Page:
Arbitration a likely track for rail access negotiations

25 Jun, 2015 02:00 AM

SEEKING independent arbitration to determine costs for its grain trains to use the State's southern freight rail network seems a likely next move for CBH Group as negotiations with Brookfield Rail drew to a close yesterday.

Ninety days of negotiations between CBH and Brookfield Rail attempting to reach an agreement for the next 10 years under the Railway (Access) Code 2000, were scheduled to conclude after Farm Weekly went to press.

Unless Brookfield Rail substantially reduced its pricing offer on the final day of negotiations, it was not expected agreement could be achieved.

As late as Tuesday afternoon both parties held significantly different views on the net worth of the requested access - amounting to tens of millions of dollars - in relation to the performance expected.

"CBH is committed to continuing the negotiation and using every opportunity available within the 90-day negotiation period," a CBH spokesperson said on Tuesday.

"We would welcome a good outcome within that process and are negotiating in good faith, but we cannot allow Brookfield Rail to force WA growers into a deal they cannot afford."

Without an agreement, CBH has three options.

Under the code it can notify code regulator, the Economic Regulation Authority (ERA), it is in dispute with freight rail operator Brookfield over pricing and request arbitration.

The ERA is bound to appoint one or more independent arbitrators from its panel of five, to adjudicate on the dispute.

Within 10 days of being appointed, the arbitrator must arrange a preliminary conference with CBH and Brookfield to establish a timetable for arbitration and a determination.

The arbitrator's written determination can specify terms, conditions and costs under which CBH can use sections of the rail network, including requiring Brookfield to re-open requested sections of Tier 3 grain lines shut down after June 30 last year.

Under the code, the determination is binding on Brookfield, but CBH has 14 days to decide whether to accept or reject it.

As an avenue already successfully tried by CBH, arbitration seemed the most likely option on Tuesday.

In June last year CBH notified the ERA it was in dispute with Brookfield over whether there was "capacity" to run grain trains on some Tier 3 lines.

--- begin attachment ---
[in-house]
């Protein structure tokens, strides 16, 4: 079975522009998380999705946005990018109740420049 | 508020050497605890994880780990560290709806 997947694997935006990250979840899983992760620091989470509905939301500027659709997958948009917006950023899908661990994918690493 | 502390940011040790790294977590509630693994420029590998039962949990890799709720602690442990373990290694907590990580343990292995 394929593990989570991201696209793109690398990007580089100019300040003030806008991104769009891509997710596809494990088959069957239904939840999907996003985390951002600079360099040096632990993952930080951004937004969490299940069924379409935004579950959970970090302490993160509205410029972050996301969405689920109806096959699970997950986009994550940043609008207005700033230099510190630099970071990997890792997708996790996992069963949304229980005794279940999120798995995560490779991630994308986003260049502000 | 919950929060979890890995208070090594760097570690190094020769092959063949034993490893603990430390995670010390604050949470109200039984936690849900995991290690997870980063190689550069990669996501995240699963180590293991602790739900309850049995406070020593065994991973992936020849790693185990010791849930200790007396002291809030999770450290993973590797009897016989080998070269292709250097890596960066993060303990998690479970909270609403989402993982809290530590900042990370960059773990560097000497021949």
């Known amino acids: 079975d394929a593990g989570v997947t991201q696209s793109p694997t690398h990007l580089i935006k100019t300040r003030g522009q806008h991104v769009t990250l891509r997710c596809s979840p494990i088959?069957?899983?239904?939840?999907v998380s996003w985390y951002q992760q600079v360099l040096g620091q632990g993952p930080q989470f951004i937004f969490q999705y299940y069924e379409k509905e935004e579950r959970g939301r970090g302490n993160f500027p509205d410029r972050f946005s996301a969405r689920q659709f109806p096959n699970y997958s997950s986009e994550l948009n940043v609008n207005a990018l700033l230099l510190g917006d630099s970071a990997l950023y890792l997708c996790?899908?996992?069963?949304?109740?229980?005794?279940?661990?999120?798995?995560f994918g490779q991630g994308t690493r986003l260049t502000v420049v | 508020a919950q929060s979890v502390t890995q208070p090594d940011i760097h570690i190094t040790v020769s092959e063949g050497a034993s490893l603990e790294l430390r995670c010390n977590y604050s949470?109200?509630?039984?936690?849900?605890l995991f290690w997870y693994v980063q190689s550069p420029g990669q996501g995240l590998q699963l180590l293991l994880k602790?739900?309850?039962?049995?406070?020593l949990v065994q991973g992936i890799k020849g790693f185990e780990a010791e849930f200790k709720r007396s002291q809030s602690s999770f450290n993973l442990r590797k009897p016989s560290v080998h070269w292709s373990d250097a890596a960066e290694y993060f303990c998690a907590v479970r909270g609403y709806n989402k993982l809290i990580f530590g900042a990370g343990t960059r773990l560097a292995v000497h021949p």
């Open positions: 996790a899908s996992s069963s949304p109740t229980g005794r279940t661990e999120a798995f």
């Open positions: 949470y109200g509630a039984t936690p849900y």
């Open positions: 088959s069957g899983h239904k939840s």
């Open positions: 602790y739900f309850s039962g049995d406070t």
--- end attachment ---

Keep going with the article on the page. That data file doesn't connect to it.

The ERA appointed an arbitrator who determined in February there was capacity, enabling CBH to push to have some lines reopened.

In a full-page advertisement in Farm Weekly last week, general manager operation David Capper reaffirmed CBH was prepared to go to arbitration again.

"Arbitration would see an independent expert determine a pricing structure for the future, it could take more than a year to get a final outcome but it has the potential to set up a fair agreement for the future," he said.

The other options available to CBH are to ask Brookfield to agree to extend the statutory negotiating period or to initiate new discussions with Brookfield outside of the code.

Extending current negotia-tions would continue to let Brookfield set pricing, an option CBH is unlikely to consider.

Negotiating outside of the code could leave CBH in a similar bargaining position to April when it failed to negotiate a fourth interim access agreement before the deadline and had to park its trains for 18 hours on May 1 because it no longer had authority to run them on the network.

The interim negotiations broke down when CBH rejected a 25 per cent cost increase proposed by Brookfield and a backdating clause that it considered had indeterminable cost implications.

Both parties made concessions to get trains running again but the agreement, which expires on December 31, was not to CBH's satisfaction.

Following last week's advertisement, Brookfield issued a statement saying it was "disappointed" CBH had started talking about arbitration before negotiations had concluded.

"We note that (the) arbitration period will likely be a costly and time-consuming exercise for both parties, and will unfortunately create further uncertainty for growers," it said.

"Brookfield Rail has presented a price that will deliver a sustainable grain freight rail network at the standard that CBH needs without further ongoing reliance on government funding."

It said its proposed pricing was "a small proportion of commodity value and a small portion of CBH's overall supply chain charge to farmers" and the pricing mechanism "encourages" grain to be transported on rail.

p See for the latest developments on this issue.

Mal Gill

Mal Gill

is wool and dairy writer for Farm Weekly


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